- Bone Tumor Menu
- unusual benign osseous tumor;
- it resembles osteoid osteoma in some respects buts is larger ( >2 cm);
- unlike osteoid osteoma:
- occurs in older adolescents and young adults;
- osteoblastoma usually does not cause localized night pain, and when pain occurs, pain is usually not relieved by ASA;
- intense bony reaction that is seen w/ osteoid osteoma, does not occur with osteoblastoma;
- osteoblastoma more often located in the posterior elements of vertebra;
- osteoblastoma will not resolve spontaneously;
- sites of involvement: spine, femur, bone of the foot;
- an associated soft tissue mass may be seen in about 25% of patients;
- in rare cases, malignant transformation is possible;
- Radiographic Studies:
- show radiolucent lesion which is surrounded by a thin margin of reactive bone that may have expanded - aneurysmal appearance;
- radiographic diff dx: osteoid osteoma, ABC, EOG, GCT, & Osteosarcoma.
- bone scan: shows intense radioisotope uptake that helps localize the lesion;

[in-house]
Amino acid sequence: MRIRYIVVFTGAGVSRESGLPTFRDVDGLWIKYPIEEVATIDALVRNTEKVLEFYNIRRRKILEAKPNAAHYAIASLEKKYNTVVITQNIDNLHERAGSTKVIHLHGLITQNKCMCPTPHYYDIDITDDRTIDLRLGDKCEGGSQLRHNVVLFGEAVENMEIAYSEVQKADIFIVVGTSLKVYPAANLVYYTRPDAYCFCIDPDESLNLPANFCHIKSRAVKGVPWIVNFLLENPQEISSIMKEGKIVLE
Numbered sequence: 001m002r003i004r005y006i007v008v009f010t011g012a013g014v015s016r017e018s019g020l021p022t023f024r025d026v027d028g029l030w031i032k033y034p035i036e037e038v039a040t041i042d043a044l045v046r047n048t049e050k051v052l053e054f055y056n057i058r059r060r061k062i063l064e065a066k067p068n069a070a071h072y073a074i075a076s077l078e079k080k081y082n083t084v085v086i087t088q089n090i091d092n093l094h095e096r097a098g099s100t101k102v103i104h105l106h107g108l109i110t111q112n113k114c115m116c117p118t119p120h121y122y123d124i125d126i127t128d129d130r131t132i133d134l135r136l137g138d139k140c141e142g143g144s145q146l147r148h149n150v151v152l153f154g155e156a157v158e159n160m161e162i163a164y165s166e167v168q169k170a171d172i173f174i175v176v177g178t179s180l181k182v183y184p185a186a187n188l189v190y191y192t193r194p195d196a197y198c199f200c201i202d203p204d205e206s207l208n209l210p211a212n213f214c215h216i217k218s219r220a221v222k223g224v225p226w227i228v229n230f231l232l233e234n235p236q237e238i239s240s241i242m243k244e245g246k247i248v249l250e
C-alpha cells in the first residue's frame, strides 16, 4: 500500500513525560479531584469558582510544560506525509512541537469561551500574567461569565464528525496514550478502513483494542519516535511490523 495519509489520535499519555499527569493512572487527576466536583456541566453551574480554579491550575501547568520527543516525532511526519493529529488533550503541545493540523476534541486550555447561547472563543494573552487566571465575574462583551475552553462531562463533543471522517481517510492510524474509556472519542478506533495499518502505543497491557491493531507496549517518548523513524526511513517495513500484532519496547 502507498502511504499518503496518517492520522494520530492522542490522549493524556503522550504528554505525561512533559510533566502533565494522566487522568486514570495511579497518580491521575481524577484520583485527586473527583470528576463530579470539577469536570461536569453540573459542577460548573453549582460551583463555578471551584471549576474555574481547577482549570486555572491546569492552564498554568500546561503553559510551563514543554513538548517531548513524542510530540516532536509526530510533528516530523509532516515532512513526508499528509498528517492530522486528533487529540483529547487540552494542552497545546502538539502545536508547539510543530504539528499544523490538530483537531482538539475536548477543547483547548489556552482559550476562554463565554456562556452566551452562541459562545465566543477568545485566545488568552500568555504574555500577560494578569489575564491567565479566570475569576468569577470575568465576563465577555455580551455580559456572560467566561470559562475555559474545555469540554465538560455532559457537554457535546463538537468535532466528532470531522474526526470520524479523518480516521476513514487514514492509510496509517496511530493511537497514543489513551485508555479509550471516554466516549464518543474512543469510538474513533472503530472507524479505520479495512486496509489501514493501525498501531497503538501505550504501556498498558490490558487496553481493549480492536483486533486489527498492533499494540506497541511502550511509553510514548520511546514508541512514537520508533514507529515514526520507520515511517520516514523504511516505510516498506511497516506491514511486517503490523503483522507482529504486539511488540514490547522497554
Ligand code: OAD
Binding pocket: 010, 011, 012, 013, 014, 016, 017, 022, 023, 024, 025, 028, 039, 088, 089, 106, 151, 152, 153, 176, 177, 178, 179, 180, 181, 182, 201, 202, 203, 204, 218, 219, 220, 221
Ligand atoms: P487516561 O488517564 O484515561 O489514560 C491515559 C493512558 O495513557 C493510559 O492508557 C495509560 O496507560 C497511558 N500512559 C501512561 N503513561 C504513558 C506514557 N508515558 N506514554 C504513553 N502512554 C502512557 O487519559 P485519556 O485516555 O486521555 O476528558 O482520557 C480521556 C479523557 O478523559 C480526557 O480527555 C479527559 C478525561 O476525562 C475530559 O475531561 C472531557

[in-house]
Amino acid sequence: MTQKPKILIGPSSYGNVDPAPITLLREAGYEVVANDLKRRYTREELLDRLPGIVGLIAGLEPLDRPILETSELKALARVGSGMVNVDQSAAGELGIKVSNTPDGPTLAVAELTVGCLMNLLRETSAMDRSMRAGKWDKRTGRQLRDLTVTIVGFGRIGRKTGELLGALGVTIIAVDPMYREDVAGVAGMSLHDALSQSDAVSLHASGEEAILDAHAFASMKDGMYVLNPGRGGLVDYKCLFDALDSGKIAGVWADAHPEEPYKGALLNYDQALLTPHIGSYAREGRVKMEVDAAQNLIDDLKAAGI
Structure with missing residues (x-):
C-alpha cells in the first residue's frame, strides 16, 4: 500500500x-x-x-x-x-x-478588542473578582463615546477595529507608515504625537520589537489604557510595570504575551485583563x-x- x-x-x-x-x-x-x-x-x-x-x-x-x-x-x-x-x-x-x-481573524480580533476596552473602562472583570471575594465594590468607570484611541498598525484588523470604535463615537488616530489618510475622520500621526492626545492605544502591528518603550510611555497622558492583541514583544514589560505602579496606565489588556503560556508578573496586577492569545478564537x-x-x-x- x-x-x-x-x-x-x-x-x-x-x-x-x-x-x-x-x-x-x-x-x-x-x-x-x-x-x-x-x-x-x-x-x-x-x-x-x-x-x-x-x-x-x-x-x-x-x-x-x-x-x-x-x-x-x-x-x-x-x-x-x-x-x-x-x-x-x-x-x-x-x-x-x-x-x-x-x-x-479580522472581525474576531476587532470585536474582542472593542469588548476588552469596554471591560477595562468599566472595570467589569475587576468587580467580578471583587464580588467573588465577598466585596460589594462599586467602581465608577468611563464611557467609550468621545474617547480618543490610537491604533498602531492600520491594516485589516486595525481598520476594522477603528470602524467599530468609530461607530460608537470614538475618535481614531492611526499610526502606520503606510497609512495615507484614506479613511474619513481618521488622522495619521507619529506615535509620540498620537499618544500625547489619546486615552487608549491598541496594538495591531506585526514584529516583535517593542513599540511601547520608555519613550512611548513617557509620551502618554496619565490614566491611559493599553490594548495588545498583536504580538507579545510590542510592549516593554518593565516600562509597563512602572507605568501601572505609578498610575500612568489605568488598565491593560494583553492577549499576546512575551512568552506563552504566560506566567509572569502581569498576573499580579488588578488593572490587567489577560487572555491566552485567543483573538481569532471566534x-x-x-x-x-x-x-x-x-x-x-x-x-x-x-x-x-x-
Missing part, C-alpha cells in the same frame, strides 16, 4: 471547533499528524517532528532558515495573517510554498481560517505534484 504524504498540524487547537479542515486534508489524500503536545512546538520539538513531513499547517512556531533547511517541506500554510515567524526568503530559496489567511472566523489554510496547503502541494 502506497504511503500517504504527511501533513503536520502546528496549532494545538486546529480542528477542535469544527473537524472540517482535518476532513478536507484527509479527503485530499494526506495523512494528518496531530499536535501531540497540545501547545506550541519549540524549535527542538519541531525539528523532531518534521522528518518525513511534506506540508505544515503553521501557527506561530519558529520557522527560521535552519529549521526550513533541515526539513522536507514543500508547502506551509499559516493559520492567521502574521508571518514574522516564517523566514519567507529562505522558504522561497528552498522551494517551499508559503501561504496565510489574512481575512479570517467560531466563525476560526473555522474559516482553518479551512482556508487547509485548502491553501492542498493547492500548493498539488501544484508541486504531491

- CT Scan: confirms preoperative diagnosis and helps determine surgical approach;
- angiography: is used for staging aggressive tumors of spine;
- reveals scattered mitotic figures;
- proliferation of immature plump osteoblasts;
- prominent vascular & stromal tissue component & giant cells and broad osteoid seams
- en bloc marginal excision is treatment of choice;
- active tumors are more likely to recur if intracapsular resection is performed;
- risk of recurrance after marginal excision of aggresive stage 3 is 30-50%;
- radiation therapy or chemotherapy is not effective
Osteoid-osteoma and osteoblastoma of the spine.
Scoliosis caused by benign osteoblastoma of the thoracic or lumbar spine.
Benign osteoblastoma: range of manifestations.
Osteoblastoma of the spine.
Osteoid osteoma and osteoblastoma. Current concepts and recent advances.
Osteoblastoma of the foot and ankle.
Original Text by Clifford R. Wheeless, III, MD.
Last updated by Data Trace Staff on Monday, July 2, 2012 10:01 pm